Team teaching, while always an appealing idea in the abstract, can be a difficult trick to pull off in practice. Teachers have their own styles and personalities, and they are often accustomed to a significant degree of autonomy in their classroom. Occasionally, though, a great pairing comes along that allows team teaching to succeed in ways a singular teacher would have difficulty replicating. Over the past year, Wayland freshmen have benefited from the dynamic duo of English teacher Elise Krause `04 and history teacher Anna Stern in their humanities seminar.
The new seminar combines two classes for freshmen that have been traditionally siloed at Wayland, World Literature and Composition in the English Department and World Civilizations in the History Department. The pairing of these two subjects allows students the opportunity to integrate the literature they’re reading with historical context and offers them a uniquely unified focus on writing across both subjects.
In addition to designing and co-teaching their humanities seminar, Ms. Krause and Ms. Stern are classmates in a graduate program at the University of Wisconsin-Madison’s Department of Educational Psychology. They are in the final semester of the program and have been able to put their classwork at UW to work in the classroom even as they take their classes.
“The whole humanities class is the product of a project we came up with in a grad school class called School Change,” said Ms. Krause. In turn, their work constructing the new humanities curriculum has provided them with fodder for their work in graduate school. Ms. Krause’s graduate capstone will examine how project-based learning enhances student engagement, and Ms. Stern is writing about whether or not an integrated curriculum can impact or promote critical thinking skills.
Both teachers have found that combining the freshman class and the two subject areas into one course has been successful. Ms. Krause noted, “I think there are both academic and social gains that our students have made. Academically, I think their intellectual development is further along than it would have been at this time with separate curricula, because they’re constantly forced to toggle between the different expectations of two disciplines and synthesize them into a meaningful understanding of whatever unit we are on.”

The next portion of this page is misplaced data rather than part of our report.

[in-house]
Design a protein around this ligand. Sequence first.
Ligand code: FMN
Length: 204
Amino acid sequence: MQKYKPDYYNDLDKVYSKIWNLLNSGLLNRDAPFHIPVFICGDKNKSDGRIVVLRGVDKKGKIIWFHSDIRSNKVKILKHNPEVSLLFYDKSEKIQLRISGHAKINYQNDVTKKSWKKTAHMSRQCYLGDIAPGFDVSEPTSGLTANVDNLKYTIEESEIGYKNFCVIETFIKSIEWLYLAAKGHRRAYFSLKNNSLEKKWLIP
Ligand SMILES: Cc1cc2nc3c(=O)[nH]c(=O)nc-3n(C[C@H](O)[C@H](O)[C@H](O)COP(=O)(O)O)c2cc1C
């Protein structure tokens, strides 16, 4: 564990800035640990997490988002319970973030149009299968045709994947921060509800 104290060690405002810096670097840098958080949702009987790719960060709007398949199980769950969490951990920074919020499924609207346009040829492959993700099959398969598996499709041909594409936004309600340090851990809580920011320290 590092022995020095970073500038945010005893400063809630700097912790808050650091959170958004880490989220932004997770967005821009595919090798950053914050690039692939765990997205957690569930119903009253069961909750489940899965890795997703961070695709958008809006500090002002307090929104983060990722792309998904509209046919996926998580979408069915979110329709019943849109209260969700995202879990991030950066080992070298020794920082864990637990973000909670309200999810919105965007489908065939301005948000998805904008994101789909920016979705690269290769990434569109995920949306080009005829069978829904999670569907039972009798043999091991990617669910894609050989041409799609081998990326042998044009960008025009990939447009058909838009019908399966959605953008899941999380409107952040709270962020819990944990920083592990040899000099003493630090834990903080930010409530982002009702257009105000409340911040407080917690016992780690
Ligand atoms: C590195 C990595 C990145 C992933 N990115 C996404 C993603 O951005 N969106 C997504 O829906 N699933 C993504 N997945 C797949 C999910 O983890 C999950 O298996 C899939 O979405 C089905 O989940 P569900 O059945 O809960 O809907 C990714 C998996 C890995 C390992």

Those improvements were expected, but the gains that have surprised both teachers have been social. “We have all the freshmen in the same room at the same time,” said Ms. Stern, “so it’s almost like an orientation activity. Everyone goes through it together. All of them will have this shared experience of being in humanities together.” The teachers use a number generator to randomize students’ assigned seats, so students will sit by each of their classmates at some point in the year. “They’ve talked to everybody multiple times,” said Ms. Stern, “and the nicknames we’ve created for them are the ones they use for themselves. Socially there’s a lot of bonding that happens.”
They also noted that students who are English Language Learners (ELL) are benefiting from the combined curriculum and the interactions they have with their peers in the classroom. In addition to Ms. Krause and Ms. Stern, ELL students benefit from additional work with English teacher Jeff Thompson who does significant work preparing the class and provides ELL students individual help in both English and history.
Krause and Stern are unabashed about their affection for this particular freshman class and feel they have been fortunate to transition into the unified humanities class with this group of students as they help shape the class. “The class is dynamic,” said Ms. Krause. “It isn’t a static entity that we’ve created with a fixed curriculum, so we’ve been soliciting feedback from students, and we’ve been tweaking the course as we go. I think the course has been more successful as we get feedback and use it. We’ve made some pretty important changes based on that.”
Ms. Stern added that she feels students are benefitting from seeing their teachers continue their own education in graduate school. “One of the implicit goals of a Wayland education is for our students to become lifelong learners,” she said. “I think a lot of them think you go to college and then learning stops, when that’s not a reality and it’s not what we want their realities to be. It’s good for them to recognize that we talk about grad school, and we talk about papers and our study habits.”
For an example of how the blended humanities course is succeeding, the teachers pointed to a recent unit where students read The Odyssey while learning about the Classical Greece period. For a creative assignment, one student wrote a conversation between Alexander the Great and Odysseus that the teachers enjoyed so much they asked the student to turn it into a cartoon.
Ms. Stern said, “We talk about xenia and agathos and arête when we’re reading literature, and students are able to translate that to how those concepts actually play out in Ancient Greek culture.” In reply, Ms. Krause said, “One student today asked a question when we were talking about the Greek polis and the acropolis: ‘Where would Odysseus have lived, relative to where the Acropolis is?’”
“They’re asking harder questions is what this has become,” acknowledged Ms. Stern. “And they should be asking questions we don’t have answers to.”